Taking it to the people

I want a new career.

I've decided that I am going to be a television mogul. I'm going to grow a ponytail in my middle age and do too much cocaine at lunch time. I'll drive a fast convertible with the top down in the rain, and speed everywhere I go so people will notice me. I'll be the kind of guy who is filthy, stinking rich and doesn't give a damn who I step on to get where I'm going.

In short, I'll be your average, run of the mill TV Producer.

All it takes to get ahead in TV is one great idea, and mine - which I'll share with you now if you promise not to tell anyone - is a pearler. Like all good television ideas, I have merely taken an existing product and 'improved' it, like taking an ordinary household item and putting a clock in it.

The only thing that doesn't work with, by the way, is clocks. My uncle Graham went nuts, and broke, trying to market his 'double clock' to wary consumers. He should have stuck with 'Clock-a-doodle-doo', the alarm clock in the shape of an angry Bantam Rooster. But I digress.

To complete my rise to superstardom in the world of television production, I'll be taking Reality TV to the Third World - the single largest untapped television market on the planet.

I have several ideas that I think will work well, starting with Big Brother. Like all good Reality TV shows, it needs a twist to hook the viewers and contestants alike - and this one's a beauty.

Not only will it be the first time ever that the contestants have lived in a house, let alone a building with electricity, the inevitable boredom will be staved off by the necessity of arming themselves against the gang of insurgents who are hell bent on breaking into the house to steal the food.

Survivor - The Third World will come next. Except this one's different. Given that our contestants are used to performing outlandish tasks with no food, we've switched it around. They will be required to eat as much rich food as possible and sit around doing nothing. Of course, because our contestants haven't the faintest inkling of how democracy works, the 'vote each other off the show' segment will be removed, replaced with this simple premise: The last one to have a heart attack caused by too much fatty food, wins.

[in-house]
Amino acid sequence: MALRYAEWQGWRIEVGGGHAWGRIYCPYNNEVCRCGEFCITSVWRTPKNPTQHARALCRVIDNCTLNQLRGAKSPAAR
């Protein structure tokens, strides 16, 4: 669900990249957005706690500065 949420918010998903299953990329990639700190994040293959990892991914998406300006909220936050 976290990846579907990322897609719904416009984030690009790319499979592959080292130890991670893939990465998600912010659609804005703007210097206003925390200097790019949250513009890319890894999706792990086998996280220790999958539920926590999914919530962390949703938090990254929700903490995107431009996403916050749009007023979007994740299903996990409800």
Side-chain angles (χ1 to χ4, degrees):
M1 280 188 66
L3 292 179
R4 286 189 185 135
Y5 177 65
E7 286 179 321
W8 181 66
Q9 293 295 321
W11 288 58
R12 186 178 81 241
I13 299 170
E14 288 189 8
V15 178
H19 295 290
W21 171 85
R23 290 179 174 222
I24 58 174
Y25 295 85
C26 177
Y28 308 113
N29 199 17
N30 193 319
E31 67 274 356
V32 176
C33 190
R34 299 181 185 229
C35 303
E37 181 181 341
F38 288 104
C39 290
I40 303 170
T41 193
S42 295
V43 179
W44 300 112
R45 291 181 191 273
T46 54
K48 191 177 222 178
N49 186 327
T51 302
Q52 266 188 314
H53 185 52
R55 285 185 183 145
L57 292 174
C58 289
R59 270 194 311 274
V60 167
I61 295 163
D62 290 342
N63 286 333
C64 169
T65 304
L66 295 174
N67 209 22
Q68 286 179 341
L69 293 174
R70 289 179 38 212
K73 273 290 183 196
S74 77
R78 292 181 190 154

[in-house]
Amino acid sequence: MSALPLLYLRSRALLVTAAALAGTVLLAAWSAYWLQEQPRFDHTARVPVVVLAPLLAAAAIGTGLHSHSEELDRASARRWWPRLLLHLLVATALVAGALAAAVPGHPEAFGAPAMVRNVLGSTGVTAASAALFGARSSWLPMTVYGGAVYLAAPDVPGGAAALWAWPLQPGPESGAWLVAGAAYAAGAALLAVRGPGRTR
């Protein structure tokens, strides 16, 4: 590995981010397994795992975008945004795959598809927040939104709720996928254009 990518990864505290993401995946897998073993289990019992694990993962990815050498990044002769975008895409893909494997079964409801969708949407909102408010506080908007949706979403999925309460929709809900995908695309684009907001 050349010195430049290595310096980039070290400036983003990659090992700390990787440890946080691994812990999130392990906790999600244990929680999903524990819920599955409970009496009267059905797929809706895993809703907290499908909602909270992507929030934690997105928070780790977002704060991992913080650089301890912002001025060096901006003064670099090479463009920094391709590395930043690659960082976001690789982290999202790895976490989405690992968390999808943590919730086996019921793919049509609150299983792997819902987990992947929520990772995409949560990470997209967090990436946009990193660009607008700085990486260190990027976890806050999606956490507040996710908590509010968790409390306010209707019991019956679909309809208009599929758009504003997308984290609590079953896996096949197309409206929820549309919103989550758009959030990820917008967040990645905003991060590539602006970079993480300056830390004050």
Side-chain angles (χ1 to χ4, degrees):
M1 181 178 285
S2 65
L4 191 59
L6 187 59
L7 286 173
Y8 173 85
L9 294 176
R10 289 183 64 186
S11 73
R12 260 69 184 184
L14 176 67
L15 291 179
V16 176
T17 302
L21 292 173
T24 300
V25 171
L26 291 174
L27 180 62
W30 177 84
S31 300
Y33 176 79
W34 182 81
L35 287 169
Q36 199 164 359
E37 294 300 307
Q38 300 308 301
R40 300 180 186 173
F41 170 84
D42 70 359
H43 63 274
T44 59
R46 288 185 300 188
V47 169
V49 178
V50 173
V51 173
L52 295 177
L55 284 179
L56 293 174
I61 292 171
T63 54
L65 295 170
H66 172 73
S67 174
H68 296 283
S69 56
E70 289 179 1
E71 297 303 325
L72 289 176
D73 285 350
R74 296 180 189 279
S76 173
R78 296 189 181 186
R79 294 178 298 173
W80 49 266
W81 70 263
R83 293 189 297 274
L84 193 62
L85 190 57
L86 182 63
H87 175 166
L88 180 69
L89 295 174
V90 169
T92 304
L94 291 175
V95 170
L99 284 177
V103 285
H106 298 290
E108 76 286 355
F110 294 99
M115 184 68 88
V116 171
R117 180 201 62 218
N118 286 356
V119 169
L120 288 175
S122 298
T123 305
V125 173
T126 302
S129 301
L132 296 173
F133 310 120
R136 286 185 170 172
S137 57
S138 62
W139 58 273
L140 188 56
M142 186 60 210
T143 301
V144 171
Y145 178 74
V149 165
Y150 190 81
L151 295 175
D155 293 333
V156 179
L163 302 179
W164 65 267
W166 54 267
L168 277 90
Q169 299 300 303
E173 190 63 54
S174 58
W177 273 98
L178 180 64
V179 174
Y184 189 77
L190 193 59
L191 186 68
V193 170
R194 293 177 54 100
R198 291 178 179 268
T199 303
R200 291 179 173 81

But maybe they're not ready for Reality TV. Maybe we should just settle for game shows...

Take, for example, my idea of testing our starving impoverished third world populations' general knowledge on Who Wants a Bowl of Rice?. They'll have the same lifelines as the regular contestants on Who Wants to be a Millionaire? - they can ask the audience, go fifty-fifty or send smoke signals to their tribal chief for the answers...

Or how about Wheel of Fortune? The very first time a contestant asks the question "Can I buy a click please Gary?", we'll know that TV has finally found a place in the developing world. Family Feud should be a beauty - we all know how much fun it is to watch when two tribes go to war...

I envisage that in its first year, any of these shows will reach 19 televisions in their home countries, representing an audience reach of at least 28 million people. I can see them now, crowded around the flickering Cyclops, yearning to be 'On the Telly', just like their heroes.

Of course, this will be a very expensive exercise, but I was really lucky this morning to open my email inbox and discover that help has arrived from an unlikely source.

I got an email from Dr Mtumbe Panuba. Dr Panuba was a minister in the previous Nigerian government, and he's got $30,000,000 stashed in a Swiss bank account. The only problem is, he can't get to it without my help. I've sent my $10,000 to him to help bribe the officials... and now all I've got to do is sit back and let the money roll in.

What do you think, did we get it right? Comment here...